I Love Typography

Latest articles

Emoji b4 emoji

Read the book, Typographic Firsts Tens of millions of broadsides were printed from the very earliest days of printing.. Many were cheap and ephemeral, eventually being recycled or ending up in the trash. Others, like rebus and puzzle broadsides were novel and engaging enough to live longer lives. This is my very brief look at some early examples of...

Penny Dreadfuls & Murder Broadsides

Read the book, Typographic Firsts The Industrial Revolution mechanized printing and reduced costs, leading to explosive growth in publishing. At the same time, an unprecedented increase in literacy produced millions of new readers and sparked a reading revolution. But what were these new readers to read? One of the century's most popular genres, sold...

Who invented the news­paper?

News has been around as long as humans have. From word of mouth to handwritten newsletters to printed newspapers in the early 1600s, the news has always captivated us. It has evolved from an expensive and bespoke service for an elite few into a major part of today's mass media. The post Who invented the news­paper? appeared first on I Love Typography.

Prints & Propa­ganda

By the sixteenth century, printmaking — or art prints — had become a burgeoning industry in Europe. Millions were printed and many thousands have survived until the present day. Their significance goes well beyond their value as art or artifact, revealing a great deal more than artists' talents and virtuosity. A closer look at their subject matter and...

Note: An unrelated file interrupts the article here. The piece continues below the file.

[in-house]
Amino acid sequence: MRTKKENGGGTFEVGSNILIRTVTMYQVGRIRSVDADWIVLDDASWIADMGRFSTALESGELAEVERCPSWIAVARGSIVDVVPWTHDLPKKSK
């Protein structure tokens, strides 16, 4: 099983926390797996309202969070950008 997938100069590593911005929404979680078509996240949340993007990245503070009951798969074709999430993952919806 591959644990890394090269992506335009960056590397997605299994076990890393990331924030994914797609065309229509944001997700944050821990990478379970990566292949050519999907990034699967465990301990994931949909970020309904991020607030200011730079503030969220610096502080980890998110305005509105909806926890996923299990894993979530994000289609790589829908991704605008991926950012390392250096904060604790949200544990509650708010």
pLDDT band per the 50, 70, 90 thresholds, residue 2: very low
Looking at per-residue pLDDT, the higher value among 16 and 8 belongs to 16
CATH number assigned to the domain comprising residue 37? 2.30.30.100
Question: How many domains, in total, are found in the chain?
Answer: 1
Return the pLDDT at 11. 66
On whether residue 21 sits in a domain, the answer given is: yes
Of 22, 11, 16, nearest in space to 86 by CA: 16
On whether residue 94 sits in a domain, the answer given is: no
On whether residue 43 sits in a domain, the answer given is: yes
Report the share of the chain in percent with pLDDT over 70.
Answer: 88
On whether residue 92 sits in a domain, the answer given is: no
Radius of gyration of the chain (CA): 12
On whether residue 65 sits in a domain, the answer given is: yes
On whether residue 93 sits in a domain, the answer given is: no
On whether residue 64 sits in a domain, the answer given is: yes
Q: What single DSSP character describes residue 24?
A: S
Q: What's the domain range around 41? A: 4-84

Make the Letter Bigger

A brief history of the drop-cap: Decorated or illuminated initials were an important part of medieval manuscripts for a thousand years. From luxurious gold and silver letters to plain drop capitals, they functioned to illustrate, commentate, and adorn the text. Learn their history and purpose, why they eventually went out of fashion, and what replaced...

Inventing Posters

The modern poster first appeared in France in the 19th century, but its antecedents can be found in Renaissance printmaking. Woodcut, engraving, etching, and drypoint were techniques used by the likes of Albrecht Dürer, Hieronymus Bosch, and Raphael, while printmaking publishers, like Hieronymus Cock, helped popularize the standalone art print and turn...

Black Print

The fascinating story of African American print culture; its authors, editors, journalists, printers and publishers. From protest pamphlets to the first Black newspapers and books. The post Black Print appeared first on I Love Typography.

The Writing Mistress

From around the beginning of the 1600s, there was a renewed interest in calligraphy. At the same time, women, known as writing mistresses, begin to teach handwriting and calligraphy to young women. Maria Strick in the Netherlands and Marie Pavie, perhaps from France, are the first two women to have their calligraphy copybooks published in print. The...

Death of a Typeface

Robert Granjon (1513–90) was a French type designer who, in 1557, invented a new style of typeface that was modeled on contemporary handwriting. It later came to be know as Civilité, after the civilité of etiquette books that the typeface often appeared in. Although Granjon wished for his Civilité to become the national typeface of France, it never...

Fun with Fonts

Today I launched two short multiple choice quizzes. The first starts at the beginning with Gutenberg, with questions about his life and his famous Bible. Some of the questions are pretty easy; others you might find rather difficult. The second game, Glorious Glyphs, tests your font identification chops by having you identify individual characters or...

Discover, share and read the best on the web

Subscribe to RSS Feeds, Blogs, Podcasts, Twitter searches, Facebook pages, even Email Newsletters! Get unfiltered news feeds or filter them to your liking.

Get Inoreader
Inoreader - Subscribe to RSS Feeds, Blogs, Podcasts, Twitter searches, Facebook pages, even Email Newsletters!